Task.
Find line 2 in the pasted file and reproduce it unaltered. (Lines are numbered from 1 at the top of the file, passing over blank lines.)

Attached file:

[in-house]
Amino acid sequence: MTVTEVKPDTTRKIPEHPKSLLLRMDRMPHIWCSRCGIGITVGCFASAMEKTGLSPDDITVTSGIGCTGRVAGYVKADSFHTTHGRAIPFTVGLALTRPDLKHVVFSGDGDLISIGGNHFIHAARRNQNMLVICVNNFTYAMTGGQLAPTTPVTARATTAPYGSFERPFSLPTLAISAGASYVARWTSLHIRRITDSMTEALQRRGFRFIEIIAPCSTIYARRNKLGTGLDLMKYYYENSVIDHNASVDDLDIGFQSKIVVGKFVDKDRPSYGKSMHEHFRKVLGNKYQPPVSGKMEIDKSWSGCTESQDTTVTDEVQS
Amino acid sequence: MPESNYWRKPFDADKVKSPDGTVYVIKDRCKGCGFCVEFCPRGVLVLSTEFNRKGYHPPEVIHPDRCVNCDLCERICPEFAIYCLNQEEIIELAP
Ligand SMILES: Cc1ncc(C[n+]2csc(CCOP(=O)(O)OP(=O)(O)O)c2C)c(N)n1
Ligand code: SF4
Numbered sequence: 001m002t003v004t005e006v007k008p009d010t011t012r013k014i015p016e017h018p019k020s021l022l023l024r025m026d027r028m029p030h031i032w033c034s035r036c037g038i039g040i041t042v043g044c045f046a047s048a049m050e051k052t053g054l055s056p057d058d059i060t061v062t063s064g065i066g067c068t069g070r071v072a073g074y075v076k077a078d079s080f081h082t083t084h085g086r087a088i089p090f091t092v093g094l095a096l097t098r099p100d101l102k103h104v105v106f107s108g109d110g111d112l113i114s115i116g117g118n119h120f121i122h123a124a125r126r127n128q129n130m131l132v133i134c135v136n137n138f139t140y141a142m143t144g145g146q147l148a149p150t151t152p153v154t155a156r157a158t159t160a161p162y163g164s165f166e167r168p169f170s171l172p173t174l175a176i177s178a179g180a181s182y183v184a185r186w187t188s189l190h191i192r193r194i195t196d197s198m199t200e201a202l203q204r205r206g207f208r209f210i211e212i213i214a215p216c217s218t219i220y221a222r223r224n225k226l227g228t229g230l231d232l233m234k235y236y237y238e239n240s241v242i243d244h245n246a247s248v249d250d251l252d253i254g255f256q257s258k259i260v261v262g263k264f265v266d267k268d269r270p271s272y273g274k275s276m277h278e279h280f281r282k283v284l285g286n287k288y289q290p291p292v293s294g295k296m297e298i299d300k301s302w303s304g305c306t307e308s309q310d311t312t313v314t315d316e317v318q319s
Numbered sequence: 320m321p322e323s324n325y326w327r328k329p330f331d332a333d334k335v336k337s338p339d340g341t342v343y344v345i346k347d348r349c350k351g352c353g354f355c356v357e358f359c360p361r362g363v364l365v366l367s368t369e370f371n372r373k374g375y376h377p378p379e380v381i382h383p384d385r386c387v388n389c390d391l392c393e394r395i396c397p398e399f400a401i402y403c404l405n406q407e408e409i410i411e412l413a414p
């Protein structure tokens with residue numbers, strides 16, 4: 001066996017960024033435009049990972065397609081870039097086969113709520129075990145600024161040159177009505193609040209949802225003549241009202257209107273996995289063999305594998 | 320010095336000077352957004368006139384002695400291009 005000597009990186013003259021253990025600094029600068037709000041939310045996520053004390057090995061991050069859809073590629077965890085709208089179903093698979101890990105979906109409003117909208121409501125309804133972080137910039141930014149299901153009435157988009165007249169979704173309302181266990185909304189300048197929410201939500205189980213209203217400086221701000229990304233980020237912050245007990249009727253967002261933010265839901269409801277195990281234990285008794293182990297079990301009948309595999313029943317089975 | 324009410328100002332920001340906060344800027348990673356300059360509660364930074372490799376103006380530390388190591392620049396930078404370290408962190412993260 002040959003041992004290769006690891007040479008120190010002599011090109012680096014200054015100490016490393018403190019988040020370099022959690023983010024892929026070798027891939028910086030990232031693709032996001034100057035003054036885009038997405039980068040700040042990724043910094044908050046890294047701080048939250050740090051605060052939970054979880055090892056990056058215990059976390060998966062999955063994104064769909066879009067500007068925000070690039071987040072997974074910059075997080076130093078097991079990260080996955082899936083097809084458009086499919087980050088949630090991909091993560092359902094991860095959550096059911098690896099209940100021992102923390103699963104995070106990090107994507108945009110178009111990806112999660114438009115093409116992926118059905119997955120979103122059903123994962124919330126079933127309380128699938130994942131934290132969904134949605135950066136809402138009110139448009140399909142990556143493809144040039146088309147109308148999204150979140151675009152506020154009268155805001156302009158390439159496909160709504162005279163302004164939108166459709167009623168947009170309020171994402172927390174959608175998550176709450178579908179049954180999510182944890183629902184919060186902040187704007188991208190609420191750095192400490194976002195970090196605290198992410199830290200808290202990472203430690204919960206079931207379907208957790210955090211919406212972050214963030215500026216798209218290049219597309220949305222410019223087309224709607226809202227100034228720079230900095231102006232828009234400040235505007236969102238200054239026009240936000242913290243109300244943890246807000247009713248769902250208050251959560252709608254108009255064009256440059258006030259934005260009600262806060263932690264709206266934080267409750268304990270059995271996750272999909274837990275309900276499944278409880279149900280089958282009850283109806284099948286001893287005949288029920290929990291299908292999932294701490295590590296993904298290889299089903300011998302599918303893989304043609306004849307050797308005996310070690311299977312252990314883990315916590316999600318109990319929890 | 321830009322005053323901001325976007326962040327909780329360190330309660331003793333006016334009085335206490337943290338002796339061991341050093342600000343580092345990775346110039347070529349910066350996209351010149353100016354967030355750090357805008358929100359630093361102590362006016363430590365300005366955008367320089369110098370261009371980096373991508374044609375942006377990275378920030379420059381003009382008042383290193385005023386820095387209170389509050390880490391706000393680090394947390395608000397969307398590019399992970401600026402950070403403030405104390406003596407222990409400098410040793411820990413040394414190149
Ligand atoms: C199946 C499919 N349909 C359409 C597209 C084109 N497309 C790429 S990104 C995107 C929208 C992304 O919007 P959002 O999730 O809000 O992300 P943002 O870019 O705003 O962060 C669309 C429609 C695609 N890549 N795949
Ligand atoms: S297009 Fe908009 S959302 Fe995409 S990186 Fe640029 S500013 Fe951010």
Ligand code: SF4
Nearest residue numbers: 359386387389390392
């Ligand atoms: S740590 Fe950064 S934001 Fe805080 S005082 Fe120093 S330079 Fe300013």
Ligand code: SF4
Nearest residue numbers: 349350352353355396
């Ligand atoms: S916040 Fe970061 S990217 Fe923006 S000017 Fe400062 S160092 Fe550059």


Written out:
Amino acid sequence: MTVTEVKPDTTRKIPEHPKSLLLRMDRMPHIWCSRCGIGITVGCFASAMEKTGLSPDDITVTSGIGCTGRVAGYVKADSFHTTHGRAIPFTVGLALTRPDLKHVVFSGDGDLISIGGNHFIHAARRNQNMLVICVNNFTYAMTGGQLAPTTPVTARATTAPYGSFERPFSLPTLAISAGASYVARWTSLHIRRITDSMTEALQRRGFRFIEIIAPCSTIYARRNKLGTGLDLMKYYYENSVIDHNASVDDLDIGFQSKIVVGKFVDKDRPSYGKSMHEHFRKVLGNKYQPPVSGKMEIDKSWSGCTESQDTTVTDEVQS